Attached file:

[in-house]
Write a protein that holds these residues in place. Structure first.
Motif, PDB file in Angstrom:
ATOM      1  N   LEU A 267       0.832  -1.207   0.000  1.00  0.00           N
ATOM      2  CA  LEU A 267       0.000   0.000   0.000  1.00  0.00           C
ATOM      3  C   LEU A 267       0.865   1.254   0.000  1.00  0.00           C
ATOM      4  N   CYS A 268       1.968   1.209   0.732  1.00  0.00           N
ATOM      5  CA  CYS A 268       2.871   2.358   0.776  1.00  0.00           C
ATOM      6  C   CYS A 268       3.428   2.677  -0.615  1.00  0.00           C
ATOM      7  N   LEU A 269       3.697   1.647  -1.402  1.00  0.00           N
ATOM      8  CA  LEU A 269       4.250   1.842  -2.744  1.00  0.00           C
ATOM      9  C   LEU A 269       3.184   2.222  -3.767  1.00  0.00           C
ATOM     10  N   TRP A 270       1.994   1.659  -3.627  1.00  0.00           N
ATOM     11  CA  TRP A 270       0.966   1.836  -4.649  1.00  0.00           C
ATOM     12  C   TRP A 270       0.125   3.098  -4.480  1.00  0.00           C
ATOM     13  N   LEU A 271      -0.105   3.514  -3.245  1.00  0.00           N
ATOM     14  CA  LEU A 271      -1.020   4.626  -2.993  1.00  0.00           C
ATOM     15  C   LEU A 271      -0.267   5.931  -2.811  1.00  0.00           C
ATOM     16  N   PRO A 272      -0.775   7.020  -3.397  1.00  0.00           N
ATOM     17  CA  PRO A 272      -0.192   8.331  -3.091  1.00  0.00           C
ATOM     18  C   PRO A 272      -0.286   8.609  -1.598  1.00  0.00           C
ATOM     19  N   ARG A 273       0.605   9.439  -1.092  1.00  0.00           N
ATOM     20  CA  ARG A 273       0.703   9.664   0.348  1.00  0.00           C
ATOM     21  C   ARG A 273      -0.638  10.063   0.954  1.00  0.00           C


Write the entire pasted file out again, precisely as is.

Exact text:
[in-house]
Write a protein that holds these residues in place. Structure first.
Motif, PDB file in Angstrom:
ATOM      1  N   LEU A 267       0.832  -1.207   0.000  1.00  0.00           N
ATOM      2  CA  LEU A 267       0.000   0.000   0.000  1.00  0.00           C
ATOM      3  C   LEU A 267       0.865   1.254   0.000  1.00  0.00           C
ATOM      4  N   CYS A 268       1.968   1.209   0.732  1.00  0.00           N
ATOM      5  CA  CYS A 268       2.871   2.358   0.776  1.00  0.00           C
ATOM      6  C   CYS A 268       3.428   2.677  -0.615  1.00  0.00           C
ATOM      7  N   LEU A 269       3.697   1.647  -1.402  1.00  0.00           N
ATOM      8  CA  LEU A 269       4.250   1.842  -2.744  1.00  0.00           C
ATOM      9  C   LEU A 269       3.184   2.222  -3.767  1.00  0.00           C
ATOM     10  N   TRP A 270       1.994   1.659  -3.627  1.00  0.00           N
ATOM     11  CA  TRP A 270       0.966   1.836  -4.649  1.00  0.00           C
ATOM     12  C   TRP A 270       0.125   3.098  -4.480  1.00  0.00           C
ATOM     13  N   LEU A 271      -0.105   3.514  -3.245  1.00  0.00           N
ATOM     14  CA  LEU A 271      -1.020   4.626  -2.993  1.00  0.00           C
ATOM     15  C   LEU A 271      -0.267   5.931  -2.811  1.00  0.00           C
ATOM     16  N   PRO A 272      -0.775   7.020  -3.397  1.00  0.00           N
ATOM     17  CA  PRO A 272      -0.192   8.331  -3.091  1.00  0.00           C
ATOM     18  C   PRO A 272      -0.286   8.609  -1.598  1.00  0.00           C
ATOM     19  N   ARG A 273       0.605   9.439  -1.092  1.00  0.00           N
ATOM     20  CA  ARG A 273       0.703   9.664   0.348  1.00  0.00           C
ATOM     21  C   ARG A 273      -0.638  10.063   0.954  1.00  0.00           C